Japan energy exchange

StoryImage( ‘/Images/Story//Auto-img-116361778117740.jpg’, ‘Image courtesy of www.media.maps.com ‘, ‘More than 99 percent of Japan’s oil is imported—most from the Middle East. ‘);

While attending a wedding in Japan last winter, we spoke with a guest involved in negotiating an agreement to develop a new oil field in Iran that is expected to provide up to 6 percent of Japan’s energy. He mentioned Japan’s interest in ethanol but told us that ethanol manufacturing in Thailand created food shortages, so had been halted.

While our downtown Tokyo hotel was comfortably heated, we recognized that homes, restaurants and tourist facilities were uncomfortably chilly, so we often wore our coats indoors. Later, we learned that the low temperatures were part of a Japanese government program to save energy. Only 4 percent of their energy is produced from domestic sources. More than 99 percent of their oil is imported. Most of it is from the Middle East.

Japan is acutely aware of its energy vulnerability and has government programs to keep per capita energy use at half that of ours. Japan leads the world in the manufacture of energy-efficient hybrid electric vehicles, solar cells and high-speed trains as a result of long-term programs. Toyota continues to develop new designs based on alternative fuels, clean diesel, diesel hybrids, hybrids and electric cars and will soon lead the world in auto sales. In 2007, they will sell a car to Brazil that can run on 100 percent ethanol.

Japan’s new 25-year energy plan has met some problems. Pressure from the United States dramatically scaled back its participation in a new Iran oil field. Exxon Mobil Co. canceled its plans to sell Russian natural gas to Japan and agreed to sell it to China instead. Russia is delaying a second Sakhalin gas development involving Japan for environmental reasons.

This summer, a travel agent asked us to coordinate a visit to Illinois ethanol plants for University of Tokyo researchers. Suddenly, the trip was canceled. Just as suddenly, it was re-scheduled—this time for engineers from Mitsubishi Heavy Industries.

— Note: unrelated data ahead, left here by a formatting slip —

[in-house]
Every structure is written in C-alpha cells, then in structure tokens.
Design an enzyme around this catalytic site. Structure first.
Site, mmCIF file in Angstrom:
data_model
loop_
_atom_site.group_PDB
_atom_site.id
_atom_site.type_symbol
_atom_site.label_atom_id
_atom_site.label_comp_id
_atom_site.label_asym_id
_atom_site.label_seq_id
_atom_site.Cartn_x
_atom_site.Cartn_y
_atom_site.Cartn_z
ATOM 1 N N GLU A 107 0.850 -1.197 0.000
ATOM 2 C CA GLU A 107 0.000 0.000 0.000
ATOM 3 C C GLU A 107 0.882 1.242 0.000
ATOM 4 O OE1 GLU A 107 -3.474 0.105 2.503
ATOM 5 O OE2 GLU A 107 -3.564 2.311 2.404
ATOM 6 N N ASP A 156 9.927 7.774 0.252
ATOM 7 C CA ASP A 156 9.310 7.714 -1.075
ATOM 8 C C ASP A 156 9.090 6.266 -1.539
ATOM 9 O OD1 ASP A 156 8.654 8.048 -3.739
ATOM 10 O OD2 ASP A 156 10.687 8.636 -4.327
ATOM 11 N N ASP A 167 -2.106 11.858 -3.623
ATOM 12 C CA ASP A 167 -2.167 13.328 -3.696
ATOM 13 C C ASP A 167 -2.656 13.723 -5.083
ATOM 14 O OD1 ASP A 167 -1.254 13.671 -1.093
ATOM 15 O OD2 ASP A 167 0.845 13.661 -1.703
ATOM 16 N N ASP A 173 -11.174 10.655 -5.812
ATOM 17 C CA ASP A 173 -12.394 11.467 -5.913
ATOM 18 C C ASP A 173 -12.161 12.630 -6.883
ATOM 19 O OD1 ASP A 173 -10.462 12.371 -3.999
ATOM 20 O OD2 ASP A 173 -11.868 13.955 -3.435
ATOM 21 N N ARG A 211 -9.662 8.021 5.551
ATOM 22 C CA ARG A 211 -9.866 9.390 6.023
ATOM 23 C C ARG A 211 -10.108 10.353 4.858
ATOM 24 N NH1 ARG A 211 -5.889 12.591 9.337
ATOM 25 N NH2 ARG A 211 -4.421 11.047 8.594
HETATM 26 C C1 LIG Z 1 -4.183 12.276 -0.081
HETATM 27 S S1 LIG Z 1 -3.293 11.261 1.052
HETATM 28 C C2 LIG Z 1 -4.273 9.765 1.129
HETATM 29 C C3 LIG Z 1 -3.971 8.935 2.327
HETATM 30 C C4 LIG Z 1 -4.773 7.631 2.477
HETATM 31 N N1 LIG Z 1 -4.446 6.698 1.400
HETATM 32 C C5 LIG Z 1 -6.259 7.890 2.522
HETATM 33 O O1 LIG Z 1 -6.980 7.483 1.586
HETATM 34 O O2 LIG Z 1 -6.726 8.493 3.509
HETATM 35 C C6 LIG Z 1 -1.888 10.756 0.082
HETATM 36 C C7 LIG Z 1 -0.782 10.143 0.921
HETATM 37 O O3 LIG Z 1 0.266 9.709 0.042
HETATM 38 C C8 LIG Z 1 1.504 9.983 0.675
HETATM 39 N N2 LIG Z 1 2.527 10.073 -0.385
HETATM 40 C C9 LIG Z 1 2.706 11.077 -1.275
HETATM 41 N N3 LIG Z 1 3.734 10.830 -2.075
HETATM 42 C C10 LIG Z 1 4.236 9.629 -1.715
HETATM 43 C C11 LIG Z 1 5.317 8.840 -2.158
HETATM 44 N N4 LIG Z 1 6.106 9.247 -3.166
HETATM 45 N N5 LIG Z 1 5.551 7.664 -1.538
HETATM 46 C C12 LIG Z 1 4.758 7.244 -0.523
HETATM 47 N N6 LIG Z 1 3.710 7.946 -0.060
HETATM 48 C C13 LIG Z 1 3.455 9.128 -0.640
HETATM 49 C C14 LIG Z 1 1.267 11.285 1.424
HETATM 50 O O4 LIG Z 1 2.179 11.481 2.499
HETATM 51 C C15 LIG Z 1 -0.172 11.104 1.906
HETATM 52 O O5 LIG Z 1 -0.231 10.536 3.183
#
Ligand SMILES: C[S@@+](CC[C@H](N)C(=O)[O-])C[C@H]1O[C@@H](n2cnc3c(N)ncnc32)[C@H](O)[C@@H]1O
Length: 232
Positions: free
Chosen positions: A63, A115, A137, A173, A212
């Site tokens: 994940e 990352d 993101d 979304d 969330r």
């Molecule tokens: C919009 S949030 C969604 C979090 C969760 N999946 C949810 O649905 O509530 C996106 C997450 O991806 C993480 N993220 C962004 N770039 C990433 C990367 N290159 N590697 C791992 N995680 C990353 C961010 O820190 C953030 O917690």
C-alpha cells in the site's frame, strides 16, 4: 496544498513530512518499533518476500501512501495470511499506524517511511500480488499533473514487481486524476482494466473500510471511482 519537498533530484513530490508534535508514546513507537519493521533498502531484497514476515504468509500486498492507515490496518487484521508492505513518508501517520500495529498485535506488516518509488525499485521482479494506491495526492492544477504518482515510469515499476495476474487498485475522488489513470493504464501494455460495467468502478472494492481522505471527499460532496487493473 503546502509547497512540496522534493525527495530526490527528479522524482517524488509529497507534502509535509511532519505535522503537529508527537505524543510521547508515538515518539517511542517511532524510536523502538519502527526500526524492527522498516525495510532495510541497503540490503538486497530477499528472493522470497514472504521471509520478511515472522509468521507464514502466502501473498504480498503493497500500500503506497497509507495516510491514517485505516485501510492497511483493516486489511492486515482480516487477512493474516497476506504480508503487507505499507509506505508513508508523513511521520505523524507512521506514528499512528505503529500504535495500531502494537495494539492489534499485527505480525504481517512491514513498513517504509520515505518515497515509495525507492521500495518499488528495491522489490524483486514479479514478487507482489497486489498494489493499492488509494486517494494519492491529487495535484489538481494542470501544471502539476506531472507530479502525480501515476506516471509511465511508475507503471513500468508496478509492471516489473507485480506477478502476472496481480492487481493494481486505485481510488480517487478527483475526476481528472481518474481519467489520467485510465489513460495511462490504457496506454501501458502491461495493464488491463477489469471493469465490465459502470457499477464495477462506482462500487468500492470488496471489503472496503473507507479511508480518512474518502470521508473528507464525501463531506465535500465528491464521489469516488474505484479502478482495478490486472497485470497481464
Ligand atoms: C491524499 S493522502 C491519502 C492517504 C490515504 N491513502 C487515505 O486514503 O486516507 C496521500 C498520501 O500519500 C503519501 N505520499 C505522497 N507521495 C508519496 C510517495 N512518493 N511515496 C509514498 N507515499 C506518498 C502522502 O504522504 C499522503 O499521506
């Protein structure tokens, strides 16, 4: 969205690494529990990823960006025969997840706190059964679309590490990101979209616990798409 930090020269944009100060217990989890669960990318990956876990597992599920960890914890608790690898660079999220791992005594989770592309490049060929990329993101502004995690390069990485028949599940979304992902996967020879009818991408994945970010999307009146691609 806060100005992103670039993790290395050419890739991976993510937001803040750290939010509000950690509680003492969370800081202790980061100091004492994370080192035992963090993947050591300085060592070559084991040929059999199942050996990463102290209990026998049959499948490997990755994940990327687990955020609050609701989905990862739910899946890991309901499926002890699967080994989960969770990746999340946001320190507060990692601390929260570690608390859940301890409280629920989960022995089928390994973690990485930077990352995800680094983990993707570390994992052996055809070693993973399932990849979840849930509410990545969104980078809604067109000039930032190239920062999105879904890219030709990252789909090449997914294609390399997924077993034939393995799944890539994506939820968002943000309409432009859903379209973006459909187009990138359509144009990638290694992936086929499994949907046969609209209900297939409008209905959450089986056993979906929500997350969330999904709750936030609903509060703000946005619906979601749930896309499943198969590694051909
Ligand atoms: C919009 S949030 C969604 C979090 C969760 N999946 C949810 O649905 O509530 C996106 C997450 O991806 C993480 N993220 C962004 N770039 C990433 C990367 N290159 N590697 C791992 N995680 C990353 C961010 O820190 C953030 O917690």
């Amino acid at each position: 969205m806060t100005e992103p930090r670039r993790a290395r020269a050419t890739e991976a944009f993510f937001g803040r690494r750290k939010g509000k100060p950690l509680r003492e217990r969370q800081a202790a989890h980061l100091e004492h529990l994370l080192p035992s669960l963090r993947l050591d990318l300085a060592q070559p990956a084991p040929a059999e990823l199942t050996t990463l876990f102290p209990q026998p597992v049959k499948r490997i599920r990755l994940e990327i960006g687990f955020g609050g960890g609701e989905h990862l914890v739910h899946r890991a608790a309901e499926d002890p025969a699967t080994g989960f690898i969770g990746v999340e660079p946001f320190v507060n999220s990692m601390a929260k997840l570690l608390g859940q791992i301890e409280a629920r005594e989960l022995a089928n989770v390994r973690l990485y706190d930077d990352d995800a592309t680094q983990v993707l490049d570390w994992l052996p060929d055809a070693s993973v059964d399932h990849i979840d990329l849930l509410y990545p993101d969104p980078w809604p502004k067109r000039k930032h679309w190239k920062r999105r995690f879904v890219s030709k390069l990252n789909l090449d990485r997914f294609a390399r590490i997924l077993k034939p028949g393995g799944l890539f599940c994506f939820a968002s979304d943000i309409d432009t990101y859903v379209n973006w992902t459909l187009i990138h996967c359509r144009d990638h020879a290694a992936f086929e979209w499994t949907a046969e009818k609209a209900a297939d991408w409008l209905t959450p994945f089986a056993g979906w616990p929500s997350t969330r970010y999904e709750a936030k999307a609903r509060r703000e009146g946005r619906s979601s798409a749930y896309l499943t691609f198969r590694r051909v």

The Mitsubishi engineers intend to assess the feasibility of developing ethanol manufacturing facilities using either rice, wheat or sugar cane. The program’s goal is to reduce Japan’s reliance on imported oil and to cut carbon dioxide emissions. Since Japan imports 60 percent of its food, they will import the raw commodities for the ethanol. They are starting with a 3 percent ethanol blend and expect to reach 10 percent by 2010.

According to the GAIN agricultural report, a Japanese firm has developed a nanotechnology membrane to reduce the cost of ethanol dehydration and has invested in Brazil to improve ethanol production and supply. Ethanol dehydration is an energy intensive process that removes the last 5 percent of the remaining water. If the technology proves successful, it is likely to gain wide industrial acceptance as it would lower costs and save energy now used in dehydration.

Since biofuels are gaining global acceptance as a replacement for oil, technological advances in their production will continue. But critics remind us that their role is limited, and their production raises other environmental issues. While finding replacement fuels is helpful, dramatic changes in our inefficient transportation practices are crucial in reducing global climate change.

From the Nov. 15-21, 2006, issue

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